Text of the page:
Central bank defends bank-fee reform

Cost of bank services rose 16.2 percent in July despite intention to lower fees.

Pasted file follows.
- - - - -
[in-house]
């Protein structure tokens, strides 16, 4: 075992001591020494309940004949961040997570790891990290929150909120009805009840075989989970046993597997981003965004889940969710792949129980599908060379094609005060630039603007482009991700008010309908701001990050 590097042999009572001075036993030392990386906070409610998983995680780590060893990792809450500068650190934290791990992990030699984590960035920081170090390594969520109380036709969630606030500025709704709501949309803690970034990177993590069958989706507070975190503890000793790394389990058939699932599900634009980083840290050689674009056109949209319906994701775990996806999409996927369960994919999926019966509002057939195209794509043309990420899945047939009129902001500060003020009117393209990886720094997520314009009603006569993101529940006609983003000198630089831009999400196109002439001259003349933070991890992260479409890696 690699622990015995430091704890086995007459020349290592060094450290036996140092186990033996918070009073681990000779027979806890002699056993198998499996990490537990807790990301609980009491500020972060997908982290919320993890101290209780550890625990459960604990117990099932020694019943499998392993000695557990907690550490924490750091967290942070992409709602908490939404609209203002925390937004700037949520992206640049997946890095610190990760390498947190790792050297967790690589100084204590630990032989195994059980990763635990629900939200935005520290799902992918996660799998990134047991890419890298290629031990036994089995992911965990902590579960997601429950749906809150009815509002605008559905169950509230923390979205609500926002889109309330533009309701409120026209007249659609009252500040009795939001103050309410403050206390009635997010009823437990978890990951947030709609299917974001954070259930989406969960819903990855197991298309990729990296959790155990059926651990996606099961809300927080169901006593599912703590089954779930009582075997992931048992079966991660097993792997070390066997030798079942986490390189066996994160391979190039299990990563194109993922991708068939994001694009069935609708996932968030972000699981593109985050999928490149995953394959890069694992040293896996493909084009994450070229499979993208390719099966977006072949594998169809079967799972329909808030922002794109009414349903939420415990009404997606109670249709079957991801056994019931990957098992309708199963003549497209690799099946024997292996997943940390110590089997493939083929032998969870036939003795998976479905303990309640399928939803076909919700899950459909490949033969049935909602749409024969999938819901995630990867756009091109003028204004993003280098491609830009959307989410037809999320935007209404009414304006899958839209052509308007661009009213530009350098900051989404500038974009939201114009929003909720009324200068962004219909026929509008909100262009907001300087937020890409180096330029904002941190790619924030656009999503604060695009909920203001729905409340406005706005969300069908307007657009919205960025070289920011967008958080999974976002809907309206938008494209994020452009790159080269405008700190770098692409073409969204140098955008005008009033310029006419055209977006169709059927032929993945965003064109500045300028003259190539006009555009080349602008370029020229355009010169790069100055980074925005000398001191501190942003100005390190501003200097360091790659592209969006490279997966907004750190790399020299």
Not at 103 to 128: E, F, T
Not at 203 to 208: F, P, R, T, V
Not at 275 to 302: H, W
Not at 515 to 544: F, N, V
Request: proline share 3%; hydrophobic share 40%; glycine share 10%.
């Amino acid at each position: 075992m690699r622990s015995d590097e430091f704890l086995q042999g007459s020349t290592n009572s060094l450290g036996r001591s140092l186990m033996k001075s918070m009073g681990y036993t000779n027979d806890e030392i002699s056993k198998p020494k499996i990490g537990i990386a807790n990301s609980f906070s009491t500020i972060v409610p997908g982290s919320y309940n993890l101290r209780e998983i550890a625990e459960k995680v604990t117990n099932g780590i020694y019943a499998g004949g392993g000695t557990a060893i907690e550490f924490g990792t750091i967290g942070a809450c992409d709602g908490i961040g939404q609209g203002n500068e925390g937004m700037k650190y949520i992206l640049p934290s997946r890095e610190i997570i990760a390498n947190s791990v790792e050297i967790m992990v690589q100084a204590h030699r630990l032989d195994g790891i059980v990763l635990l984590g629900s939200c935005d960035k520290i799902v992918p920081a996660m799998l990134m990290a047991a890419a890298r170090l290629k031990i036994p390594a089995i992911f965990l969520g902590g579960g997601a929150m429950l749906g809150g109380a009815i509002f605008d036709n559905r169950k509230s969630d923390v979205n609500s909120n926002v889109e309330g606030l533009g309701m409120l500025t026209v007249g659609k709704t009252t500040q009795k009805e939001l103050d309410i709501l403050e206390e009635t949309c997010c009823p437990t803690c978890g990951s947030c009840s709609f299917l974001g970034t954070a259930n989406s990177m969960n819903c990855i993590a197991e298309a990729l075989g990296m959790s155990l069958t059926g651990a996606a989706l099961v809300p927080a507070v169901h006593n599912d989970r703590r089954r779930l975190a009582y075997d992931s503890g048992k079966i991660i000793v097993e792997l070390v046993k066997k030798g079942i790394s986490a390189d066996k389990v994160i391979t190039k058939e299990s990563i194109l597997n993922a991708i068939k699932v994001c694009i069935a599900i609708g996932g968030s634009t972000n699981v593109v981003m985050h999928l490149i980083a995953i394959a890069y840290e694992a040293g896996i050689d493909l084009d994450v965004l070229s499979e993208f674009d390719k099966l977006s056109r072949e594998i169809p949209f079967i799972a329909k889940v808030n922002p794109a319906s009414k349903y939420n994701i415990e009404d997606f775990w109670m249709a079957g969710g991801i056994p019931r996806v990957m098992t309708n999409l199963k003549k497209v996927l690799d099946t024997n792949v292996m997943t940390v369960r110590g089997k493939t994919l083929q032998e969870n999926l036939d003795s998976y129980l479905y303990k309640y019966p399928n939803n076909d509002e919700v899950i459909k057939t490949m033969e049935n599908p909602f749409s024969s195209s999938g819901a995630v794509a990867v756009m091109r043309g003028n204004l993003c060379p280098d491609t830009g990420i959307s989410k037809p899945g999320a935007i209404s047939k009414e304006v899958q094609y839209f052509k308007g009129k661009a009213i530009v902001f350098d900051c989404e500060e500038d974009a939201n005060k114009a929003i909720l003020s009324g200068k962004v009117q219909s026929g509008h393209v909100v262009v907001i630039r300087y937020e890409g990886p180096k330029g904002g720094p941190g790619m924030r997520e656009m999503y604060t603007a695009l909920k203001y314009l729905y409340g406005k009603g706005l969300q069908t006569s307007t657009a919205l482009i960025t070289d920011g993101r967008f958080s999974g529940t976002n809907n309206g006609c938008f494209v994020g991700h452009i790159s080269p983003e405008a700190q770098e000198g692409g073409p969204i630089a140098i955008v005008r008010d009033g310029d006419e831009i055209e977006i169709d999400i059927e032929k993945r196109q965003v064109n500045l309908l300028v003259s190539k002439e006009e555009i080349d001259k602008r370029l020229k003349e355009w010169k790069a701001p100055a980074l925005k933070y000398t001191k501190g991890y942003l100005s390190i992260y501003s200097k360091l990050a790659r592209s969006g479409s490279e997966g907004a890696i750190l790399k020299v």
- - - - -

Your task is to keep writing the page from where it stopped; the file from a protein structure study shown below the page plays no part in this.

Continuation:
Supervisor of Banks Rony Hizkiyahu on Sunday defended the controversial bank-fee reform after the consumer price index for July showed a rise in the cost of banking services. "Preliminary research conducted by the Banking Supervision Department shows that basic banking services fees, including management fees of checking accounts, have come down as a result of the bank-fee reform that came into effect at the beginning of July," the Bank of Israel's Banking Supervision Department said in a statement Sunday. The bank-fee reform, which came into effect on July 1, was supposed to bring down fees. However, the consumer price index published Friday by the Central Bureau of Statistics revealed that the bank-services item of the index, which includes bank fees, rose by 16.2 percent in July. Despite this increase, and the public and media attention it is receiving, the rise was a negligible factor in the 1.1% jump in July's CPI, the Banking Supervision Department said. Bank fees account for 0.05% of the monthly inflation rate, it said. The bank-fee reform reduced the number of fees from 198 to 72; certain fees, such as for credit frameworks, were abolished altogether, but most fees on checking account transactions were raised. Under the new bank tariffs, fees and commissions for checking accounts are cheaper for customers who use directbanking services, ranging from NIS 1.35 per operation to NIS 2.9. But they are more expensive for those who make their transactions via teller-assisted services, which are mainly used by the elderly and the poorer sections of the population. Teller-assisted services are charged between NIS 5.5 and NIS 7. The Banking Supervision Department said the CBS figures were distorted since they are based on average fees across the sector, which do not yet take into account the reduction in the number of fees and trend to lower fees due to stronger competition among the banks. In addition, the department said, the CBS based its figures on the banks' feetariff schedule, but many customers are not paying the full rates, which is not reflected in the CBS calculation.